Paul Lambert's decision to bring on Matthew Lowton for Karim El Ahmadi had a significant impact on the result. The change allowed Bacuna to push much higher up the field, as Lowton dropped in to play at right back, and the opening goal came just two minutes later. It was Lowton, too, who set up Libor Kozak for Villa's game-clinching second.
Not only was Bacuna's free-kick a delight to behold, the Dutchman was also influential defensively for the hosts, making nine ball recoveries - second only to Yacouba Sylla's 10 - and five tackles, more than any other player. Lambert's successful substitution may now give the Scotsman food for thought, with the possibility of playing both Lowton and Bacuna down the right side an option he may wish to consider.
Fer has the quality but needs to do more
In fairness to Leroy Fer, he has been one of a struggling Norwich side's better players this season so far. He's adapted to English football relatively quickly since signing from FC Twente and is the league's 12th best tackler, averaging 3.4 per game. It's just that, given the Dutchman's natural ability, at times you watch him and are left with the feeling of wanting more.
The Canaries' 3-1 win over West Ham was a fine example of this, although fortunately for the hosts - and Chris Hughton's job security - Fer eventually managed to turn it around.
Fer's passing was wayward and his performance generally lacked any enterprise or desire in the first half. The 23-year-old was a microcosm of his team: plodding along while West Ham took the initiative through Ravel Morrison's goal. In the second half however, Fer was much improved. He attempted more take-ons, managed a better pass success rate and...just generally ran about a bit more, to borrow a Harry Redknapp phrase.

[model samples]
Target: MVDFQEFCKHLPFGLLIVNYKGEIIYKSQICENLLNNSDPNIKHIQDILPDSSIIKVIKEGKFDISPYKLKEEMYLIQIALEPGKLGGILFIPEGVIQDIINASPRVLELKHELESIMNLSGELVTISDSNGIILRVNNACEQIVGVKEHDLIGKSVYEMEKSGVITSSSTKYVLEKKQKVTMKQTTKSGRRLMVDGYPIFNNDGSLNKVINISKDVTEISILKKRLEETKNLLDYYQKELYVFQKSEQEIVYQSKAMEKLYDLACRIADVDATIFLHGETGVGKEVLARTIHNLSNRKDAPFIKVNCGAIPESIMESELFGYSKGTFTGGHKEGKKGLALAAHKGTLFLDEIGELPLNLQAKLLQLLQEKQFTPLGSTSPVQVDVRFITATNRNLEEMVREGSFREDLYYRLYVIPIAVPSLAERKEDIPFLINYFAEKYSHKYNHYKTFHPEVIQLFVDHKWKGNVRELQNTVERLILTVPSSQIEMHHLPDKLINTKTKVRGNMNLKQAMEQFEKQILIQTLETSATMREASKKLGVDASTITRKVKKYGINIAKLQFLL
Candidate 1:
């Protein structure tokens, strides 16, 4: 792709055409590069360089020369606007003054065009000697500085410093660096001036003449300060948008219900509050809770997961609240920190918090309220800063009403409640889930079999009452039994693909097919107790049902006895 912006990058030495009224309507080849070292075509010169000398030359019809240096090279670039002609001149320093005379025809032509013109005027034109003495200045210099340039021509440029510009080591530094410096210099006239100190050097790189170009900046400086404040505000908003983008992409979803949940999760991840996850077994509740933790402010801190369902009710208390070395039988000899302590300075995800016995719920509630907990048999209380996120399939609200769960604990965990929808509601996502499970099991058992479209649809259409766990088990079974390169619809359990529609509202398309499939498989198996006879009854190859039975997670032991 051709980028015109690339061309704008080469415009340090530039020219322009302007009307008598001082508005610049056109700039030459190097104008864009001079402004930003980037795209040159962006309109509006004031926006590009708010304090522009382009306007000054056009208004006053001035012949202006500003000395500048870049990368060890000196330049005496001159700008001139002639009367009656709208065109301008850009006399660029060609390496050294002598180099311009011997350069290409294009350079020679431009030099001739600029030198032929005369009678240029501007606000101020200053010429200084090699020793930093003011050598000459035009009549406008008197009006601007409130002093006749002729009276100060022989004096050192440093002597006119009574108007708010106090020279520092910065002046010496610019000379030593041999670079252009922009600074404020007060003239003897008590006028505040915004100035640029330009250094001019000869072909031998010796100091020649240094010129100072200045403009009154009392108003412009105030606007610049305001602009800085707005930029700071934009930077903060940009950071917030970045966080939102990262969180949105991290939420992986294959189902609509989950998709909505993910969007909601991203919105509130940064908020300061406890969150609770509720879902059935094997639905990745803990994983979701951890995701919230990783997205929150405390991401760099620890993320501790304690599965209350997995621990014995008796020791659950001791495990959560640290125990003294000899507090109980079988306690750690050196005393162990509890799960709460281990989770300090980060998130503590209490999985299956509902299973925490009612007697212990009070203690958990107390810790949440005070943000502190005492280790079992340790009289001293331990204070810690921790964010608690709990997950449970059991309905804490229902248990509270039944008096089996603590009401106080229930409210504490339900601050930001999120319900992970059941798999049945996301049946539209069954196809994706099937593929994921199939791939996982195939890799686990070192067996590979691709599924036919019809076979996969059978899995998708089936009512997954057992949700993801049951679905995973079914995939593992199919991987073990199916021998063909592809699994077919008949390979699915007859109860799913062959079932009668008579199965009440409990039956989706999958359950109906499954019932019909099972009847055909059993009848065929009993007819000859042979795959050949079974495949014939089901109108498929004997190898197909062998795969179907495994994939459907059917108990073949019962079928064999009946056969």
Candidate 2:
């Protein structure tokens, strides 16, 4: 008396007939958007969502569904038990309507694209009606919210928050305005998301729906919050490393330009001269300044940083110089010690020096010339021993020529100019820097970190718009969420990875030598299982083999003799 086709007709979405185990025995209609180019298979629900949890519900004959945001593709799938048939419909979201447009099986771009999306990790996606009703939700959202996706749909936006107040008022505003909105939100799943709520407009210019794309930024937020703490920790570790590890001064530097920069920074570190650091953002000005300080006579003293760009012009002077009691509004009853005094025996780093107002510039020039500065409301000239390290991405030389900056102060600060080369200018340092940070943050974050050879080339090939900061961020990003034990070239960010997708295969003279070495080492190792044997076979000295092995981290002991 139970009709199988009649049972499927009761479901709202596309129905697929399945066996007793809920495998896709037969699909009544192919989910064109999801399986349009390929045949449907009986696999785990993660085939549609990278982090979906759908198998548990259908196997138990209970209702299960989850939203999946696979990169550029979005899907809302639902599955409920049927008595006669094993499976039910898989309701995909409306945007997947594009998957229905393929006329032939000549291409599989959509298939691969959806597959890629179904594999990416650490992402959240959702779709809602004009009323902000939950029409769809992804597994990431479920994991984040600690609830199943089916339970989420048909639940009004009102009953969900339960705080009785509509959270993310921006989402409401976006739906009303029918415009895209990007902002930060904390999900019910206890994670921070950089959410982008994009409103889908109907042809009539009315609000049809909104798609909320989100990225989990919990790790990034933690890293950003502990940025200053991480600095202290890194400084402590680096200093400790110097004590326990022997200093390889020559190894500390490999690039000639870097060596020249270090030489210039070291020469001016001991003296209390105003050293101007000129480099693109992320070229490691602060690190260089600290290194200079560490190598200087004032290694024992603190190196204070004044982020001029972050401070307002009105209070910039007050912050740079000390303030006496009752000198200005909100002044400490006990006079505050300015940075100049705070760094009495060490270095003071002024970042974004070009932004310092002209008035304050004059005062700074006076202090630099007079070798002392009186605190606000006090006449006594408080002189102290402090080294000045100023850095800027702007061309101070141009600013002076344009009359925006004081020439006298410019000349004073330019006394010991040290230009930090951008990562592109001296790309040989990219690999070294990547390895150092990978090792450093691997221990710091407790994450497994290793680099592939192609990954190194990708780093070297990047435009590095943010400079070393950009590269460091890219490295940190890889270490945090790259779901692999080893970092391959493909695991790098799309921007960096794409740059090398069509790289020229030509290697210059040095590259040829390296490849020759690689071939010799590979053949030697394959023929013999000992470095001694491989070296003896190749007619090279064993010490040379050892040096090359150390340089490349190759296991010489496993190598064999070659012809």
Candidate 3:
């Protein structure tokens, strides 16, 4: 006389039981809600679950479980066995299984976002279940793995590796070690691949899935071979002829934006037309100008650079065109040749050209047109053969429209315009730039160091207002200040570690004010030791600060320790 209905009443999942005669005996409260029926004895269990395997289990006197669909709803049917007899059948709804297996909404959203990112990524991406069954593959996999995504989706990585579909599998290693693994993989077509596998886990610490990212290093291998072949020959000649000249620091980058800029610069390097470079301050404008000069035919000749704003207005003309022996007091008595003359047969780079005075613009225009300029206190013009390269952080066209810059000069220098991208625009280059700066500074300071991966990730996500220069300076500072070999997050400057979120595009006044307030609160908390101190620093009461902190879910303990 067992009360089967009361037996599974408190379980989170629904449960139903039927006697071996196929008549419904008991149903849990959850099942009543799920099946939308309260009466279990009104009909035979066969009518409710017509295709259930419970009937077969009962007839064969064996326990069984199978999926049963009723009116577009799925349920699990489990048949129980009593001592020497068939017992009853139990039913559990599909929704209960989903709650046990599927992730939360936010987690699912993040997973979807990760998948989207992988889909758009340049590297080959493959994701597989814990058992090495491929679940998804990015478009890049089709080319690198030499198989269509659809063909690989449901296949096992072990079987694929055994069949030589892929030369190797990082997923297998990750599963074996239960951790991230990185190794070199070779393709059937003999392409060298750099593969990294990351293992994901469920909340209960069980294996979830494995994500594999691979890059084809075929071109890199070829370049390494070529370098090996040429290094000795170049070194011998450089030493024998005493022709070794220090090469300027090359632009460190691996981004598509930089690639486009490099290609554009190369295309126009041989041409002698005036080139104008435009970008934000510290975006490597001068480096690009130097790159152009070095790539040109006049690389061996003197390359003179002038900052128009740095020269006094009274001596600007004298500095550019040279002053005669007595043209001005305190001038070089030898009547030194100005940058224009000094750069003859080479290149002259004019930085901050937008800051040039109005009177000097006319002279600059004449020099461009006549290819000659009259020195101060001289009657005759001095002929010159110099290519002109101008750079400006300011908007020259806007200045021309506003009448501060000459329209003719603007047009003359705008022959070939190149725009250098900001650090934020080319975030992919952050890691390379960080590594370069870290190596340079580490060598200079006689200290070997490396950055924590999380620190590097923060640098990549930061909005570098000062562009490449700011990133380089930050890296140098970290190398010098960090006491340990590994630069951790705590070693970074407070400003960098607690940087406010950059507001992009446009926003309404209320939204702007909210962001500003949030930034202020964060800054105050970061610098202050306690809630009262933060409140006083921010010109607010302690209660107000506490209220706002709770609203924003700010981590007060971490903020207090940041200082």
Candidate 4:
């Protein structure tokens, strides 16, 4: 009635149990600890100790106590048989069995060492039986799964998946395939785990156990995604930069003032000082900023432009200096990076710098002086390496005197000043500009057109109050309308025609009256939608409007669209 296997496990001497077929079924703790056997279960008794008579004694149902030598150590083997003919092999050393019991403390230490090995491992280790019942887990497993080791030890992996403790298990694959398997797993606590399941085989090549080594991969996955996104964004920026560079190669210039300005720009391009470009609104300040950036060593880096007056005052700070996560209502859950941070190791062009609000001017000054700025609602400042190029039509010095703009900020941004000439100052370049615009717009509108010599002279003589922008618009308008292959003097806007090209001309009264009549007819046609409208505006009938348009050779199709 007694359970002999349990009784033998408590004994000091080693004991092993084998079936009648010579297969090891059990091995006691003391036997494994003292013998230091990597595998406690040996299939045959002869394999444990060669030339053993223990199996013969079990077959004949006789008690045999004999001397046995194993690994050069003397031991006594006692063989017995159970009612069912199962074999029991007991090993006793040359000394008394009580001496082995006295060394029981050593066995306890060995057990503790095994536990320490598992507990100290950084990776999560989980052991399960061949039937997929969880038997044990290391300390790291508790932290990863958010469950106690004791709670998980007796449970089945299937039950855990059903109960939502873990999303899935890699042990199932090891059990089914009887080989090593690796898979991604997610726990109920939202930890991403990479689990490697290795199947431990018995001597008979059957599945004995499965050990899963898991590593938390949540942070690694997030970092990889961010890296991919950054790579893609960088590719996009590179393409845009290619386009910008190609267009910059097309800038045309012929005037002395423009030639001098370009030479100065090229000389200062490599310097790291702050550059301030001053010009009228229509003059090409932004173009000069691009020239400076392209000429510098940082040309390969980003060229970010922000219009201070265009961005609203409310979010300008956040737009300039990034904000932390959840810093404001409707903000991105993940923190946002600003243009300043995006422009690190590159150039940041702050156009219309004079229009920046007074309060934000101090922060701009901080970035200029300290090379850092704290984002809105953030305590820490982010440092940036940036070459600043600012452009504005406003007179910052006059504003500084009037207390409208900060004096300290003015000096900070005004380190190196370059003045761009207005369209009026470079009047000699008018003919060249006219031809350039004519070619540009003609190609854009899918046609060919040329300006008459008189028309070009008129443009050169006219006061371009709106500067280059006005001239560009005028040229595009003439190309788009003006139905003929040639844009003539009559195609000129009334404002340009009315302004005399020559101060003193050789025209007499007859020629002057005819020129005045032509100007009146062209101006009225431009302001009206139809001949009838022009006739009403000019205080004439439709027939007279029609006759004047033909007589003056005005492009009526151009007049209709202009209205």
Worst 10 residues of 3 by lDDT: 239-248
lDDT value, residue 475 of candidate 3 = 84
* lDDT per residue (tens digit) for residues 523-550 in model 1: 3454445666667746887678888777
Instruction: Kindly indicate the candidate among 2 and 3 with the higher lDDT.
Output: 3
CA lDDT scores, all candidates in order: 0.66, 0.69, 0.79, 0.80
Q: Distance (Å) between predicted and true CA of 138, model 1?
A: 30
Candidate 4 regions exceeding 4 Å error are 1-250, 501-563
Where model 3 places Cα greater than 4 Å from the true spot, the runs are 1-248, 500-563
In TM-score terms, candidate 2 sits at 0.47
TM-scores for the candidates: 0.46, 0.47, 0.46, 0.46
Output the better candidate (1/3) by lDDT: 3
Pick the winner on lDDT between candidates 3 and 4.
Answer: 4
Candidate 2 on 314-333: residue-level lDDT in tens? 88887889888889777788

The impact was stark. Norwich turned the tide, with a little help from Jussi Jaaskelainen, and Fer capped off a markedly better second half with a lovely goal to cap the victory.
Quiet day for strikers at Selhurst
Kick-off was delayed for 15 minutes at Selhurst Park after traffic delays in Croydon, and those who braved the pile-ups might be wishing they hadn't bothered after a goalless draw concluded with only four shots on target in 90 minutes.
Everton completely dominated proceedings against Crystal Palace, registering nearly four times the number of passes (547 to Palace's 147), 73% possession and 15 attempts on goal. But their monopoly on the ball did not result in any tangible gains for Roberto Martinez's side, and the visitors left frustrated while Palace picked up a first clean sheet.
Two men who may as well have not bothered braving the traffic were the two strikers: Marouane Chamakh and Romelu Lukaku. For all Everton's neat play, neither striker saw much action. Both the Moroccan and the Belgian received the ball only twice in their opponents' penalty area and neither managed even a shot on target to show for their day's work.